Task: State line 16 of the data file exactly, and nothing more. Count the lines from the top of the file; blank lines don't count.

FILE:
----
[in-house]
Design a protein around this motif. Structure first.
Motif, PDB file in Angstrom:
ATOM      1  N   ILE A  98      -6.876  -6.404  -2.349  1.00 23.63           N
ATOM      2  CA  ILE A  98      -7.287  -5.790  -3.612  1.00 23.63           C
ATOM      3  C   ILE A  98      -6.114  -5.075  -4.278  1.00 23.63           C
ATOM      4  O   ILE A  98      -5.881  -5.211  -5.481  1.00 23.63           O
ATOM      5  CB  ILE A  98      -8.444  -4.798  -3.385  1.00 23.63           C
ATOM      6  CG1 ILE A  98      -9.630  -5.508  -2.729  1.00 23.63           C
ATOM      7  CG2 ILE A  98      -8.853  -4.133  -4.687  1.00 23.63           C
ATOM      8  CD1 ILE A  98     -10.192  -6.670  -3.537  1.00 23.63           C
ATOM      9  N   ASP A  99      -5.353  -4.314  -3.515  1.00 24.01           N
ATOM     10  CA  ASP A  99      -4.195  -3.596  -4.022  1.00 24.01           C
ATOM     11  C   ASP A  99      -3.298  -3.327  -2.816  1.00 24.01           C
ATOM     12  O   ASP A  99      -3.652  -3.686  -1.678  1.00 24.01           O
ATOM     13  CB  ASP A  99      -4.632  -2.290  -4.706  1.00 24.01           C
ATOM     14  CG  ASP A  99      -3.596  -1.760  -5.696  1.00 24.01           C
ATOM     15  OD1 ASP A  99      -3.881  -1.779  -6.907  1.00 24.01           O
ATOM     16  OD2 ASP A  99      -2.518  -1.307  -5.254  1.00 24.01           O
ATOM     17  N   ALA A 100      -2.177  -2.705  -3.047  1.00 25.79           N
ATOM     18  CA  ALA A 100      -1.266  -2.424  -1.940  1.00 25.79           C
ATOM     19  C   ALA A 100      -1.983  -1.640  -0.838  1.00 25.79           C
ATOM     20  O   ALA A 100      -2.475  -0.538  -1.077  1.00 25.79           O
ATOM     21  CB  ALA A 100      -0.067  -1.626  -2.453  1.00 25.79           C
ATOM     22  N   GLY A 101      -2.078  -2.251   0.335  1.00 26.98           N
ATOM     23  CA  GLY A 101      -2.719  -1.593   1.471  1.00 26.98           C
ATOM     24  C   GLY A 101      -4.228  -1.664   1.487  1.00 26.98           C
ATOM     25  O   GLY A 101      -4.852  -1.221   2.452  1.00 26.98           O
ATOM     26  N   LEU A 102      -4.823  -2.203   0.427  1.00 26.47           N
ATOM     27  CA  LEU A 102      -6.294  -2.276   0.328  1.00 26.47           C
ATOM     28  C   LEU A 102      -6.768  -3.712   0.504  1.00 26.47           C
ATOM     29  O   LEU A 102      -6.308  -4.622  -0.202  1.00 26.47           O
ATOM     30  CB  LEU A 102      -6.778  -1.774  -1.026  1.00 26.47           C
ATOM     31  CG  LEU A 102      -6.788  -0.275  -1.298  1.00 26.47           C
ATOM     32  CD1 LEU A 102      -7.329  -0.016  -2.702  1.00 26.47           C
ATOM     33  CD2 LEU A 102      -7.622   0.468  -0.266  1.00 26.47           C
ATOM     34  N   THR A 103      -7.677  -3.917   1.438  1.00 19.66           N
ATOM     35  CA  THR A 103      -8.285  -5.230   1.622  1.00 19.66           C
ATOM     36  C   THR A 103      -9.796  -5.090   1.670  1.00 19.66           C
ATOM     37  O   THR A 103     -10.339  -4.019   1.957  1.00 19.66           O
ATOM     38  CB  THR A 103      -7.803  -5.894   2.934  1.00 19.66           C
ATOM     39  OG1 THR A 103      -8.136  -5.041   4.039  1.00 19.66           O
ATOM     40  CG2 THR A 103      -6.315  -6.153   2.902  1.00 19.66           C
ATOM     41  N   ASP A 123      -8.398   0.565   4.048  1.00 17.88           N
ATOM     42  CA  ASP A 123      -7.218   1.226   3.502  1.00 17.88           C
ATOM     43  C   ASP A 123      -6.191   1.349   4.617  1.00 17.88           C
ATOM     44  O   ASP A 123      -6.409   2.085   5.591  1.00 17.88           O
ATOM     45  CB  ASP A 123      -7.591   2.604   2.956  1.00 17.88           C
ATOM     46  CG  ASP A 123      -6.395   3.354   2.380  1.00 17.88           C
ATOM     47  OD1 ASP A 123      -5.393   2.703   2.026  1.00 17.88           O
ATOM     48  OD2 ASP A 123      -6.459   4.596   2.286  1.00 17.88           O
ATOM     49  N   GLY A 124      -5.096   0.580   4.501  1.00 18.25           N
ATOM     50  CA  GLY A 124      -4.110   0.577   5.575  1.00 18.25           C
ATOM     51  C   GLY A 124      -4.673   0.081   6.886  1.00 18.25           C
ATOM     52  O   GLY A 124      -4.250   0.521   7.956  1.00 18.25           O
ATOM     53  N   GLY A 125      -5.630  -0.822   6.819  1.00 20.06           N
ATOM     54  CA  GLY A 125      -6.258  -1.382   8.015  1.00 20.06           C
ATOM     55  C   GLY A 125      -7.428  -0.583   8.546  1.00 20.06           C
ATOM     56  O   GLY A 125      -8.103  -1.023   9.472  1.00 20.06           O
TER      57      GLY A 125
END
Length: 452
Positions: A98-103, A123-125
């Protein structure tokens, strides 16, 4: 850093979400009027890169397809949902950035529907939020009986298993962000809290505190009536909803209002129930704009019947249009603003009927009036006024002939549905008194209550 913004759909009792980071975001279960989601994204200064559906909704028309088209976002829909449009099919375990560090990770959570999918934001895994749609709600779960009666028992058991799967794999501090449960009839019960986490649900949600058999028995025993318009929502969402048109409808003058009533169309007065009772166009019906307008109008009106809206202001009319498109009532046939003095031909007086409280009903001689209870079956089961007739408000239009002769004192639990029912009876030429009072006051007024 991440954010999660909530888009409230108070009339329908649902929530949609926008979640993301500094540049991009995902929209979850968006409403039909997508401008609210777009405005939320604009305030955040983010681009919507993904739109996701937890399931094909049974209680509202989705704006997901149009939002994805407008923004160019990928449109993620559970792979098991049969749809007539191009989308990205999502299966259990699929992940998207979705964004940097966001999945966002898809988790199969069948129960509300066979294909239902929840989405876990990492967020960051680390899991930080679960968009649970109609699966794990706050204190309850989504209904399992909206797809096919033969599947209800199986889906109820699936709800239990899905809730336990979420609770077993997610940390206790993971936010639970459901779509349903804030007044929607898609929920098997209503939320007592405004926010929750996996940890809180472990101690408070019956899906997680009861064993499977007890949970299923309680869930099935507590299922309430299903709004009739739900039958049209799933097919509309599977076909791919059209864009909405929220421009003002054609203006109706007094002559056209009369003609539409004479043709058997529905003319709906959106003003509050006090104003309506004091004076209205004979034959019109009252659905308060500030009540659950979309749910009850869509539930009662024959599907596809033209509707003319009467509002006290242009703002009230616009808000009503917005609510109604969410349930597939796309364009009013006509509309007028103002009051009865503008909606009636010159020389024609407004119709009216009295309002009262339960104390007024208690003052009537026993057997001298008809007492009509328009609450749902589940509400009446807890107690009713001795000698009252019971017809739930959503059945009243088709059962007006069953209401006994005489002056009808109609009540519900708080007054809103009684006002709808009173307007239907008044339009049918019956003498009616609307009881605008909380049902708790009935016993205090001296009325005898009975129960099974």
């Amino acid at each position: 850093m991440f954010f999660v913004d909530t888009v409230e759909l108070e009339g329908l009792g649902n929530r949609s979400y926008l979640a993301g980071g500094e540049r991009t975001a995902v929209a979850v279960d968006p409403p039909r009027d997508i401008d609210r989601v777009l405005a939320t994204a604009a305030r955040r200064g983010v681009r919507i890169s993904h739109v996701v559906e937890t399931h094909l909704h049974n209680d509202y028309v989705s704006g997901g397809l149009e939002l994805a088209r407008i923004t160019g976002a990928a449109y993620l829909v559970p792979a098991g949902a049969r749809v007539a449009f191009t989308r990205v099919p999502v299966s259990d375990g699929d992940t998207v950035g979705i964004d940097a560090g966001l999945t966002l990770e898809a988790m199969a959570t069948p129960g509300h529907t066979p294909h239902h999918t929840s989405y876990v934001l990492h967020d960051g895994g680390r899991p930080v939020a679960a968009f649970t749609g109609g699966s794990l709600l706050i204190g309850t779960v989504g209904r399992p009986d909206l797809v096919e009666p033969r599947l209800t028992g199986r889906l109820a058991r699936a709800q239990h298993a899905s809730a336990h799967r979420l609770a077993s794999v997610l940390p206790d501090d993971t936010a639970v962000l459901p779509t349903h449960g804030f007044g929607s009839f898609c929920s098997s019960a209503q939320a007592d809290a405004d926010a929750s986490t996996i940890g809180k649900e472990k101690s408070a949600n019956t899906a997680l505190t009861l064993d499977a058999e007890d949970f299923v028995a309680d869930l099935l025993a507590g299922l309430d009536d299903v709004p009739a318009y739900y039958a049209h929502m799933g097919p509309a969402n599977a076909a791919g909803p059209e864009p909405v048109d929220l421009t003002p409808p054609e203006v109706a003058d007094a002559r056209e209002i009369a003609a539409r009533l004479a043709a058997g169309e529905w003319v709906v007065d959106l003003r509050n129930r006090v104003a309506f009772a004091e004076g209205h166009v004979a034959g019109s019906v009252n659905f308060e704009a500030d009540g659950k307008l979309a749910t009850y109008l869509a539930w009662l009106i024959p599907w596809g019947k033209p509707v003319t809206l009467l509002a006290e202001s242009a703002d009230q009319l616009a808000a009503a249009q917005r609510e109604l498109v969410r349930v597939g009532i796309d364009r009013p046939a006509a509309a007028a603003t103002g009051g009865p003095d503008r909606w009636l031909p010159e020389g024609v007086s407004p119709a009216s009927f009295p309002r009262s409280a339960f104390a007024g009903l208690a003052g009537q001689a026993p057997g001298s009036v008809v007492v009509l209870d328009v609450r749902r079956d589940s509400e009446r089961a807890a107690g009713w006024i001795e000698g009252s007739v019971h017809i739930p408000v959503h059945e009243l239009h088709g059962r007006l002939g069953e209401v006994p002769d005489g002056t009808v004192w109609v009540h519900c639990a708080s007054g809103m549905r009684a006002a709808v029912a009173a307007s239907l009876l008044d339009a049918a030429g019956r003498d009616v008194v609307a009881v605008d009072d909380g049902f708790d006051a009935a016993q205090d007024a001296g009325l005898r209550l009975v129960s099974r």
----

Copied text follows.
ATOM     13  CB  ASP A  99      -4.632  -2.290  -4.706  1.00 24.01           C